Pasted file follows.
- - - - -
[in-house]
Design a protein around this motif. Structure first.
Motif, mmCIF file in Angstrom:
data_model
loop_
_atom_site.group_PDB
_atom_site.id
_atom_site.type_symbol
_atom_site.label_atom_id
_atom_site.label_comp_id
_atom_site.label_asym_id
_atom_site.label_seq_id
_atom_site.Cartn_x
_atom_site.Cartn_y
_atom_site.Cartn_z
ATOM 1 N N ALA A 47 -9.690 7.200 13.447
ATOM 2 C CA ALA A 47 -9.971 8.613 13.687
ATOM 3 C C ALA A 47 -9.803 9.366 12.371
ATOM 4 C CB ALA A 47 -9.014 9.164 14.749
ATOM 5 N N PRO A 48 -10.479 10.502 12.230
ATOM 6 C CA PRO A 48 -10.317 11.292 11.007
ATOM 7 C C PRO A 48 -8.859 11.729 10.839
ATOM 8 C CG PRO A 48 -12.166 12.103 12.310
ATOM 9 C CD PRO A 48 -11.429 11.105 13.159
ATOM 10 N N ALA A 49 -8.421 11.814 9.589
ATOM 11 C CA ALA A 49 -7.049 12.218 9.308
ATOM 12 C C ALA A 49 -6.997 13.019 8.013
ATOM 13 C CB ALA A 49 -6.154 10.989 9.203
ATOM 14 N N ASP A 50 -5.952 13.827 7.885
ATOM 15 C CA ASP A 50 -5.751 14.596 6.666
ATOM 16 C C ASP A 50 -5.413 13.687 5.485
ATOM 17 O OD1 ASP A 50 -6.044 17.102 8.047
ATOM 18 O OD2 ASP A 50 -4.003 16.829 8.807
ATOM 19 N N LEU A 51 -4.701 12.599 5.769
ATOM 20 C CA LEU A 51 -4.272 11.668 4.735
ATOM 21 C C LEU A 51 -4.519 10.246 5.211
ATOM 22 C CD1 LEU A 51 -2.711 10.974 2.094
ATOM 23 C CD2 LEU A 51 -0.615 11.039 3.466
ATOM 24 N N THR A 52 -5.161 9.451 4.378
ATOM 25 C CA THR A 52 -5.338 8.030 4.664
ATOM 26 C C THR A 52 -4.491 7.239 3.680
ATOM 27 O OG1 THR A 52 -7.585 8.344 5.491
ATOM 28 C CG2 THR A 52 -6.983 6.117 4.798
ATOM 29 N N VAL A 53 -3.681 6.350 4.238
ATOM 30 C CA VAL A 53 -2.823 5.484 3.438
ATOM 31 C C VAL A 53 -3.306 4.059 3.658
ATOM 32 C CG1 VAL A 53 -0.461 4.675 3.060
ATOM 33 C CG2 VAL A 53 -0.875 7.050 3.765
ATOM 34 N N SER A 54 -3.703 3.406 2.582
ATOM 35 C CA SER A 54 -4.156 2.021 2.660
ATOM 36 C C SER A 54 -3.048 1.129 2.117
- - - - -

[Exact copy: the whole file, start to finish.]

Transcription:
[in-house]
Design a protein around this motif. Structure first.
Motif, mmCIF file in Angstrom:
data_model
loop_
_atom_site.group_PDB
_atom_site.id
_atom_site.type_symbol
_atom_site.label_atom_id
_atom_site.label_comp_id
_atom_site.label_asym_id
_atom_site.label_seq_id
_atom_site.Cartn_x
_atom_site.Cartn_y
_atom_site.Cartn_z
ATOM 1 N N ALA A 47 -9.690 7.200 13.447
ATOM 2 C CA ALA A 47 -9.971 8.613 13.687
ATOM 3 C C ALA A 47 -9.803 9.366 12.371
ATOM 4 C CB ALA A 47 -9.014 9.164 14.749
ATOM 5 N N PRO A 48 -10.479 10.502 12.230
ATOM 6 C CA PRO A 48 -10.317 11.292 11.007
ATOM 7 C C PRO A 48 -8.859 11.729 10.839
ATOM 8 C CG PRO A 48 -12.166 12.103 12.310
ATOM 9 C CD PRO A 48 -11.429 11.105 13.159
ATOM 10 N N ALA A 49 -8.421 11.814 9.589
ATOM 11 C CA ALA A 49 -7.049 12.218 9.308
ATOM 12 C C ALA A 49 -6.997 13.019 8.013
ATOM 13 C CB ALA A 49 -6.154 10.989 9.203
ATOM 14 N N ASP A 50 -5.952 13.827 7.885
ATOM 15 C CA ASP A 50 -5.751 14.596 6.666
ATOM 16 C C ASP A 50 -5.413 13.687 5.485
ATOM 17 O OD1 ASP A 50 -6.044 17.102 8.047
ATOM 18 O OD2 ASP A 50 -4.003 16.829 8.807
ATOM 19 N N LEU A 51 -4.701 12.599 5.769
ATOM 20 C CA LEU A 51 -4.272 11.668 4.735
ATOM 21 C C LEU A 51 -4.519 10.246 5.211
ATOM 22 C CD1 LEU A 51 -2.711 10.974 2.094
ATOM 23 C CD2 LEU A 51 -0.615 11.039 3.466
ATOM 24 N N THR A 52 -5.161 9.451 4.378
ATOM 25 C CA THR A 52 -5.338 8.030 4.664
ATOM 26 C C THR A 52 -4.491 7.239 3.680
ATOM 27 O OG1 THR A 52 -7.585 8.344 5.491
ATOM 28 C CG2 THR A 52 -6.983 6.117 4.798
ATOM 29 N N VAL A 53 -3.681 6.350 4.238
ATOM 30 C CA VAL A 53 -2.823 5.484 3.438
ATOM 31 C C VAL A 53 -3.306 4.059 3.658
ATOM 32 C CG1 VAL A 53 -0.461 4.675 3.060
ATOM 33 C CG2 VAL A 53 -0.875 7.050 3.765
ATOM 34 N N SER A 54 -3.703 3.406 2.582
ATOM 35 C CA SER A 54 -4.156 2.021 2.660
ATOM 36 C C SER A 54 -3.048 1.129 2.117